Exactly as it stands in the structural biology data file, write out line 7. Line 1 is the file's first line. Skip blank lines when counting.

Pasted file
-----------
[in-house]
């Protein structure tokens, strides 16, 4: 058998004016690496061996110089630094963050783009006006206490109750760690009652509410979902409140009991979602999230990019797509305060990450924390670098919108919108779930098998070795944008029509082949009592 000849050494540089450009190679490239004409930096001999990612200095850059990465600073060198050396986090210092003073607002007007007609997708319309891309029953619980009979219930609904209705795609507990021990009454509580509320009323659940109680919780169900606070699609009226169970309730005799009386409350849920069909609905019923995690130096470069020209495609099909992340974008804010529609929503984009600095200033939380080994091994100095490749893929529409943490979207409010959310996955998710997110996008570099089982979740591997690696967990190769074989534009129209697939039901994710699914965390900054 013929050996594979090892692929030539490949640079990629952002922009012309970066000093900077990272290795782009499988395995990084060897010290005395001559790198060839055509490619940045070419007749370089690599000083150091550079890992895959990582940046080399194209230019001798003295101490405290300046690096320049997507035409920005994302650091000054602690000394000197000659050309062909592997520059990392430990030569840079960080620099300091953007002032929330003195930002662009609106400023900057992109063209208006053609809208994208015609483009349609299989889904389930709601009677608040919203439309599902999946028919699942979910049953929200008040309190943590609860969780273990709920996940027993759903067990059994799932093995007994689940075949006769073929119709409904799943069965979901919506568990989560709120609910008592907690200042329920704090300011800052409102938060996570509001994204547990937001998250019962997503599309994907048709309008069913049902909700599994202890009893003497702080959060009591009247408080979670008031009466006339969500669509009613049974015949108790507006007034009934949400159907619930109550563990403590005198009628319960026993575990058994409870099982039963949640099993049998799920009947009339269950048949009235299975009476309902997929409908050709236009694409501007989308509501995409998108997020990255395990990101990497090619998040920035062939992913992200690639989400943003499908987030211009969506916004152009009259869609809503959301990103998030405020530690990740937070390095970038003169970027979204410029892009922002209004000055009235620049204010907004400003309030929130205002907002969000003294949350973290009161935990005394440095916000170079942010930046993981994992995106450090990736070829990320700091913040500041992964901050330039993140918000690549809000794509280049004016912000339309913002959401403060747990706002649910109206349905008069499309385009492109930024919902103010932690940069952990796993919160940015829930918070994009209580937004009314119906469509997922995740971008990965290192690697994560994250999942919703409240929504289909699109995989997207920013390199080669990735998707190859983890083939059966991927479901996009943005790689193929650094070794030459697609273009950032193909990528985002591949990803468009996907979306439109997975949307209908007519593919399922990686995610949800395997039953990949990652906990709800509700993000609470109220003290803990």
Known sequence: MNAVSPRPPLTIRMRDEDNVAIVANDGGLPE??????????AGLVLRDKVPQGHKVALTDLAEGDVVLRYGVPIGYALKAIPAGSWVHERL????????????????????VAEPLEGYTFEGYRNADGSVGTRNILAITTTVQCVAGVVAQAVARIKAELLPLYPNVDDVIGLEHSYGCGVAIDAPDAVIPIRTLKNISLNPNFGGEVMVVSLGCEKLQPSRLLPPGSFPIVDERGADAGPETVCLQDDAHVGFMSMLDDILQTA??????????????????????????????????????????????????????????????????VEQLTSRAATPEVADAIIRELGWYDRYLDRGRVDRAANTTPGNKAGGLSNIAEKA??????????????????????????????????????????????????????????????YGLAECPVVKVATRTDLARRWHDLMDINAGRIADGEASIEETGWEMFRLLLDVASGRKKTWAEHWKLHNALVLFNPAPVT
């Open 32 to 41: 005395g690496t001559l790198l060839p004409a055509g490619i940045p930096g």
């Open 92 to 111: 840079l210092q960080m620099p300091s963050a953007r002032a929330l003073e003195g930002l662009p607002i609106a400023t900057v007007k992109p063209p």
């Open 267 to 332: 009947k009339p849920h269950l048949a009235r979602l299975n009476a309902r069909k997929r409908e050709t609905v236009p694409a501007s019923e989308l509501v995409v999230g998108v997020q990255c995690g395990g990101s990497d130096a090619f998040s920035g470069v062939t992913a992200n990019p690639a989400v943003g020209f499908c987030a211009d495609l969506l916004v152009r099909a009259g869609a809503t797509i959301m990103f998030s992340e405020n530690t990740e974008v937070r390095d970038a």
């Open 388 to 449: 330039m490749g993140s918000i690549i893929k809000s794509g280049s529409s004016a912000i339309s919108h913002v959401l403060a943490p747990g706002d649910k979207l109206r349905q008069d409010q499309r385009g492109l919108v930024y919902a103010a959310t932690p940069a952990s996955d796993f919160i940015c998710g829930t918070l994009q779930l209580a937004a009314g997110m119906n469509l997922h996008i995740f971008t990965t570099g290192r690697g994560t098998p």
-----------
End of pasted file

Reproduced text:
């Open 388 to 449: 330039m490749g993140s918000i690549i893929k809000s794509g280049s529409s004016a912000i339309s919108h913002v959401l403060a943490p747990g706002d649910k979207l109206r349905q008069d409010q499309r385009g492109l919108v930024y919902a103010a959310t932690p940069a952990s996955d796993f919160i940015c998710g829930t918070l994009q779930l209580a937004a009314g997110m119906n469509l997922h996008i995740f971008t990965t570099g290192r690697g994560t098998p």